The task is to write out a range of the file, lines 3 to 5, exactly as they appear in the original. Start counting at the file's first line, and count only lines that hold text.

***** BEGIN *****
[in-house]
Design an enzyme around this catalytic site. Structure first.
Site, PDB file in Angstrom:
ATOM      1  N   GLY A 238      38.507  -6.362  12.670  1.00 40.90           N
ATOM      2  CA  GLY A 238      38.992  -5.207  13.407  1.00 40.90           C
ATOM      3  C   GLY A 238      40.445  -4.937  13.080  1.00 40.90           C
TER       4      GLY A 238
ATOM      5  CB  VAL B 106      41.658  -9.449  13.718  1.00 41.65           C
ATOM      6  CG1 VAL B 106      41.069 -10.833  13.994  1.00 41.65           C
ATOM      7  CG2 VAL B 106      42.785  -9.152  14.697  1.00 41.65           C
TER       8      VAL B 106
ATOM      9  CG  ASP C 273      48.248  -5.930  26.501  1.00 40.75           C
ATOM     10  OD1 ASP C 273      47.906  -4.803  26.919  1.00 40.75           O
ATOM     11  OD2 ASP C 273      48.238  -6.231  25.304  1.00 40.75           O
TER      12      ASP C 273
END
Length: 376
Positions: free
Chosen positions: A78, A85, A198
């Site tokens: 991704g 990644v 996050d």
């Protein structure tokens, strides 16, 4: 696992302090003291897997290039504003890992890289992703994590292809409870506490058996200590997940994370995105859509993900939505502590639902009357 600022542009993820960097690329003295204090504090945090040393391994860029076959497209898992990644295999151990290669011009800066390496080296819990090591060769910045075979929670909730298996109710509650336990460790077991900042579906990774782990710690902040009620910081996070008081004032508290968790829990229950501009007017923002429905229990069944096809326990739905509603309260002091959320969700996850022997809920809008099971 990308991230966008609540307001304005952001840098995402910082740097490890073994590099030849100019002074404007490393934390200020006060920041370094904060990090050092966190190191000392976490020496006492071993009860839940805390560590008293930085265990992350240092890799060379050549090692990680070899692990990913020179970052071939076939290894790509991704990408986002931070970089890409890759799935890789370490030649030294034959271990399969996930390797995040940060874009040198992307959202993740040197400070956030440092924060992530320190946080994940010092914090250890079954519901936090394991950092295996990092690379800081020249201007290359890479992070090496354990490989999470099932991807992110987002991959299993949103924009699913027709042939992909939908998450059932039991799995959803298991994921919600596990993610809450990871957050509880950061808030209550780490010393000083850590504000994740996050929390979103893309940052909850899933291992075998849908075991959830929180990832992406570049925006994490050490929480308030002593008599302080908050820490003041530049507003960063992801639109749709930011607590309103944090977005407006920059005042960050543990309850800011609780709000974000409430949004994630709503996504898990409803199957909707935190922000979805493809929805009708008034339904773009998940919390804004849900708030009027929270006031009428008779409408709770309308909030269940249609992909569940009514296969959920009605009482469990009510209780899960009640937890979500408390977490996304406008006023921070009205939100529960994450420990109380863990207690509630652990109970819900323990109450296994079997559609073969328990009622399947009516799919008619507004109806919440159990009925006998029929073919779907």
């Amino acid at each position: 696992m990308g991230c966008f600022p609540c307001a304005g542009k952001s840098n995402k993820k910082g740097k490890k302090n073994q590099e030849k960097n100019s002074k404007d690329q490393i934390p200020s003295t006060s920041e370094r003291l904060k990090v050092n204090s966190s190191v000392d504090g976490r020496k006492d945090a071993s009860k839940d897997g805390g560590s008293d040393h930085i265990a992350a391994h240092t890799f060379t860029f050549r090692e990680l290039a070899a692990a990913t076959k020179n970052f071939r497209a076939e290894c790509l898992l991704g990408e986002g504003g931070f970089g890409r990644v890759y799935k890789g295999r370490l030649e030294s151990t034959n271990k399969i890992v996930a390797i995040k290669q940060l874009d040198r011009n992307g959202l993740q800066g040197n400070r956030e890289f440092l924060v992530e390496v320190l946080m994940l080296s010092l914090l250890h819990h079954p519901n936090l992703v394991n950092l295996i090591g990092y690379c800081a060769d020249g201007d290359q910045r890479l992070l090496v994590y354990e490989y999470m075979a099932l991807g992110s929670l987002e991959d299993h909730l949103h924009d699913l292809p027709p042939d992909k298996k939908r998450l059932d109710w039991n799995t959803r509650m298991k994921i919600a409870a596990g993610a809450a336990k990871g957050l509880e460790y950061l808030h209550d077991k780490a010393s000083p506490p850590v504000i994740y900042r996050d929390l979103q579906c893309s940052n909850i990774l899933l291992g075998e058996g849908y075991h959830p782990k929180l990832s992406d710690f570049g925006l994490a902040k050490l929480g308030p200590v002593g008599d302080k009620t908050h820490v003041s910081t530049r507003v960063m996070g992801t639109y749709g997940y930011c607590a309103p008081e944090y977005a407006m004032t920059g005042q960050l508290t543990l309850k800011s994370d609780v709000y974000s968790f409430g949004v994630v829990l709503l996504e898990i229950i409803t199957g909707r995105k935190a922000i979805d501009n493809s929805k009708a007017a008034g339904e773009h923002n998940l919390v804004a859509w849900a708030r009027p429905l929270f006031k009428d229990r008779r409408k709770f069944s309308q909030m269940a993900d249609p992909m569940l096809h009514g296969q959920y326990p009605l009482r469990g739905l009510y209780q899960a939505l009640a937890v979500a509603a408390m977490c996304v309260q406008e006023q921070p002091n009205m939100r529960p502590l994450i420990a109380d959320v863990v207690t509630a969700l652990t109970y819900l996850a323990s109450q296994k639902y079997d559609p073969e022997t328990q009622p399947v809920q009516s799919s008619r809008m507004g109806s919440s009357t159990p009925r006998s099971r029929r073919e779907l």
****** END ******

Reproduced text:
Site, PDB file in Angstrom:
ATOM      1  N   GLY A 238      38.507  -6.362  12.670  1.00 40.90           N
ATOM      2  CA  GLY A 238      38.992  -5.207  13.407  1.00 40.90           C